After Financial Services Commission (FSC) Chairman Eun Sang-soo gave a verbal warning to virtual currency trade, prices in the domestic market have dropped further than in the overseas market, reining in “Kimchi Premium” – a phenomenon where virtual currencies are traded at higher prices in South Korea than overseas.
Bitcoins were traded at a higher price by 4.24 percentage points in South Korea’s virtual currency exchange Upbit than in global exchange Binance as of 5 p.m. on Friday, reported cryptocurrency price comparing website Cryprice. The difference in prices of Bitcoins between the two exchanges decreased by more than 3 percentage points from 7.59 percentage points as 6 p.m. on Thursday. This implies that kimchi premium has been held back since Bitcoins priced higher in South Korea showed a larger decrease in prices than overseas.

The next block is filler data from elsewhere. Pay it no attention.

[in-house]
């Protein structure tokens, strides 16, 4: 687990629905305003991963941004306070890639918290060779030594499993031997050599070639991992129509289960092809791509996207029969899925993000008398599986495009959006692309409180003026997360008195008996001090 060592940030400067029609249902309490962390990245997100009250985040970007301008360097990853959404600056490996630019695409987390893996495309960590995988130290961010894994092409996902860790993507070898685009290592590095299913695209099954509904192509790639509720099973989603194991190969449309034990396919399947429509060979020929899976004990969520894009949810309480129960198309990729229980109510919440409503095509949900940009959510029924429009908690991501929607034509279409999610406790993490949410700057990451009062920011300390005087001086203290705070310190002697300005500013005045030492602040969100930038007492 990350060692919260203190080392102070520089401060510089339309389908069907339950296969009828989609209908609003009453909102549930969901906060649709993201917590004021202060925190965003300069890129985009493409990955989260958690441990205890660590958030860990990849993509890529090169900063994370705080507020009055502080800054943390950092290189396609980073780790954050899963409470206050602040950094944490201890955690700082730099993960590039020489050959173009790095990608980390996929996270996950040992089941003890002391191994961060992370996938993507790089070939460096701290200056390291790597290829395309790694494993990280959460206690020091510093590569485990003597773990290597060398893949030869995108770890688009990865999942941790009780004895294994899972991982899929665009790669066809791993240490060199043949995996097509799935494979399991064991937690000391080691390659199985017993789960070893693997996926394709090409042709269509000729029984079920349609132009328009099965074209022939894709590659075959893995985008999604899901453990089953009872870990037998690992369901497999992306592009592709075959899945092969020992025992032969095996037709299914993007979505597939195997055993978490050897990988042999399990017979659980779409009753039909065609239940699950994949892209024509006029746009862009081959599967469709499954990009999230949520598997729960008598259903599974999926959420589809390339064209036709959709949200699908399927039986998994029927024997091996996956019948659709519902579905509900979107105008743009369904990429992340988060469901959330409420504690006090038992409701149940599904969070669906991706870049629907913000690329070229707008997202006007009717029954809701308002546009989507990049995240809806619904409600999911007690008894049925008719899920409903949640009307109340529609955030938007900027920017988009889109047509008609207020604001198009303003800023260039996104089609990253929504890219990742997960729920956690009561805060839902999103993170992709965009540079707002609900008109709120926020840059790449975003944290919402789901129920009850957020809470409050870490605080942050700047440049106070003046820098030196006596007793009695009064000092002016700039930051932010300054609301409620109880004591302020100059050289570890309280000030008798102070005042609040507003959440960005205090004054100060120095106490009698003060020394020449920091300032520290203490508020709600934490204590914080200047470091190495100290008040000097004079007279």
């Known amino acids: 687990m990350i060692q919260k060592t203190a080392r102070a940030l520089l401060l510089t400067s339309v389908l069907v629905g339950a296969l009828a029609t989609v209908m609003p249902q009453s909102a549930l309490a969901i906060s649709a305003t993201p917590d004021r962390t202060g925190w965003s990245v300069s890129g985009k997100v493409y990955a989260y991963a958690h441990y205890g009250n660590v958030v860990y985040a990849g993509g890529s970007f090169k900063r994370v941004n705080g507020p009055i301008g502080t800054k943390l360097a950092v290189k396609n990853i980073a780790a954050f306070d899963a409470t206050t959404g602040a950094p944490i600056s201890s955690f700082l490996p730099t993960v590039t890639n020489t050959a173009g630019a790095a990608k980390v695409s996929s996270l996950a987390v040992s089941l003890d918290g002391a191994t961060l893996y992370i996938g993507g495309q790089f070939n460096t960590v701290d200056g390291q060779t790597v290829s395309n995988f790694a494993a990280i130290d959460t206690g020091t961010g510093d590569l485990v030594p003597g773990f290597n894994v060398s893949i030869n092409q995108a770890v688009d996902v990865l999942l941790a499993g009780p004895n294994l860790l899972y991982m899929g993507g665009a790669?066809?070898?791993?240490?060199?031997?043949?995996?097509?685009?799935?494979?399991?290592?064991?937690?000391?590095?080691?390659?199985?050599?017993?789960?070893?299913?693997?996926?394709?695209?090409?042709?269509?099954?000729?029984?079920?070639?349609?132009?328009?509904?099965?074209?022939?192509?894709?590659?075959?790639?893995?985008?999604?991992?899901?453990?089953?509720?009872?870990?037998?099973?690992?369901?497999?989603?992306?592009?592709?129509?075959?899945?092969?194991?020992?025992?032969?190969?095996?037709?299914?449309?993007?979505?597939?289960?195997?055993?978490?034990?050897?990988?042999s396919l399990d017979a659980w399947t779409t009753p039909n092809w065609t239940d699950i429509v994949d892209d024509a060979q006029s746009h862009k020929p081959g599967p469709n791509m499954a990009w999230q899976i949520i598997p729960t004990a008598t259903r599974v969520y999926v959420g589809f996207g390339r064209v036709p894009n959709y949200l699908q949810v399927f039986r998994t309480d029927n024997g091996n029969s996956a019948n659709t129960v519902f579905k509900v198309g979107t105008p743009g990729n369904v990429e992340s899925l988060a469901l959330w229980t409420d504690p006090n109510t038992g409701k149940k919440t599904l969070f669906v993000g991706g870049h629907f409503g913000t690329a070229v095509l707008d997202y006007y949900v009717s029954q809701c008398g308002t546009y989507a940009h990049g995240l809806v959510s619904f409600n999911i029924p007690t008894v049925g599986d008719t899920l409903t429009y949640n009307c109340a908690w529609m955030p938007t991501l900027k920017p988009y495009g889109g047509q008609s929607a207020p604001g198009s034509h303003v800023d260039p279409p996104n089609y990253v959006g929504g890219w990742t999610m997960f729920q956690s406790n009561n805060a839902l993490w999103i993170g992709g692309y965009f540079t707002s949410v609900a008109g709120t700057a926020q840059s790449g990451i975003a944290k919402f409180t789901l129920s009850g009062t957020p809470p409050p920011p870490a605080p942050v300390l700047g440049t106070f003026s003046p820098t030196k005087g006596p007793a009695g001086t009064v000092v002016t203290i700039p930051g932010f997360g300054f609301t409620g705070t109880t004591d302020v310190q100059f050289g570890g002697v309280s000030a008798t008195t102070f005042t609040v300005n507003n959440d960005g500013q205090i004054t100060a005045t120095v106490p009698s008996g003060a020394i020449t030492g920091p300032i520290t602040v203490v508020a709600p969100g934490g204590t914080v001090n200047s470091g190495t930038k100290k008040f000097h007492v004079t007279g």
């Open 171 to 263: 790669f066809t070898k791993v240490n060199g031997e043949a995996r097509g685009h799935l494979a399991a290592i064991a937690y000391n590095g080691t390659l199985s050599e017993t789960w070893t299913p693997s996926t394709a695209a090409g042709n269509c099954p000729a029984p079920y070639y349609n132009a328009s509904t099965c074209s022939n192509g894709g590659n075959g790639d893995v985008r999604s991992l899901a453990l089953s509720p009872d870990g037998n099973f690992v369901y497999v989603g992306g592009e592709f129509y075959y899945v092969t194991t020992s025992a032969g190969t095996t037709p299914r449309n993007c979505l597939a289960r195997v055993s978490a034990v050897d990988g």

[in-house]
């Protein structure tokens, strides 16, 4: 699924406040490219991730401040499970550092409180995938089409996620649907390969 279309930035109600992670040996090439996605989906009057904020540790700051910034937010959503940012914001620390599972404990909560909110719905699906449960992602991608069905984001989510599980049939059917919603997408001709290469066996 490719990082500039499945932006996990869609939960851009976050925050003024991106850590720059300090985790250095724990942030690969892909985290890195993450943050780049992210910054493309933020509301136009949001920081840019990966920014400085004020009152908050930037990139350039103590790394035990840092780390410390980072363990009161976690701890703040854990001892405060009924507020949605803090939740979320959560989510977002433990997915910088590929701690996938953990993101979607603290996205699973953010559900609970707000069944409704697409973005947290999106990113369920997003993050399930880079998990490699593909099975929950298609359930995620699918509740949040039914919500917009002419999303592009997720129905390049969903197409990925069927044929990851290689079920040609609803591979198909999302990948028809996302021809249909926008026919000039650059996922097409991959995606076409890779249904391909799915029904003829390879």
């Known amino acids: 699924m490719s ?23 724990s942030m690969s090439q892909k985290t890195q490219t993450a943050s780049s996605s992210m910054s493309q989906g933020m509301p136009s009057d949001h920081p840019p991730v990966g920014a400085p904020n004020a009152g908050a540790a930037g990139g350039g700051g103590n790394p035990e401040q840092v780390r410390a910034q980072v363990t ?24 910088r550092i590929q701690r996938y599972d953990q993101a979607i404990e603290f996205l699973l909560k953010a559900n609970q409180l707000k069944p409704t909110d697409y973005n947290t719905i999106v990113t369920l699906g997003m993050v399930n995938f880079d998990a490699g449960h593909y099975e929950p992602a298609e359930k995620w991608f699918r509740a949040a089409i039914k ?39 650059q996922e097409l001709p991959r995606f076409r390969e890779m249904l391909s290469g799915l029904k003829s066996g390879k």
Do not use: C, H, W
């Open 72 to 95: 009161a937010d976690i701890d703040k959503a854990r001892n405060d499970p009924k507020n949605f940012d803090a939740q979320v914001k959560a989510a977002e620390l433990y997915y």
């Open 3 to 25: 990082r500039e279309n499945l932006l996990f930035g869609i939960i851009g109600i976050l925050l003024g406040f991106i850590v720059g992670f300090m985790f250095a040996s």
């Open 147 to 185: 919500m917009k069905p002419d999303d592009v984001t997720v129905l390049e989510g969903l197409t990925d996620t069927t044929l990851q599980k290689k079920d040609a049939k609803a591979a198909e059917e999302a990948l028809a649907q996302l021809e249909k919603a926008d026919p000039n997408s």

With kimchi premium prevailing all the while, there was a significant rise in overseas remittances that are allegedly linked to illegal foreign exchange transaction to make a profit margin between the cryptocurrency markets in South Korean and China, according to research. Non-South Korean residents and foreigners transferred 97.59 million and 7,000 dollars to China-based accounts via South Korea’s five major commercial banks – KB Kookmin Bank, Shinhan Bank, Hana Bank, Woori Bank and NH Nonghyup from April 1 to April 13, based on data provided by the Financial Supervisory Service to People Power Party lawmaker Sung Il-jong. This shows a 950 percent rise from last year’s monthly average transfer amount of 9.29 million and 3,000 dollars, translating into a 10-fold increase of the monthly average figure just in 13 days. “We can reasonably suspect that such an explosive transfer to China is attributable to an arbitrage trading of cryptocurrencies,” according to an insider of the financial industry. “It is likely that such attempts will be made continuously as long as you can expect even just a one to two percent of kimchi premium for the time being.”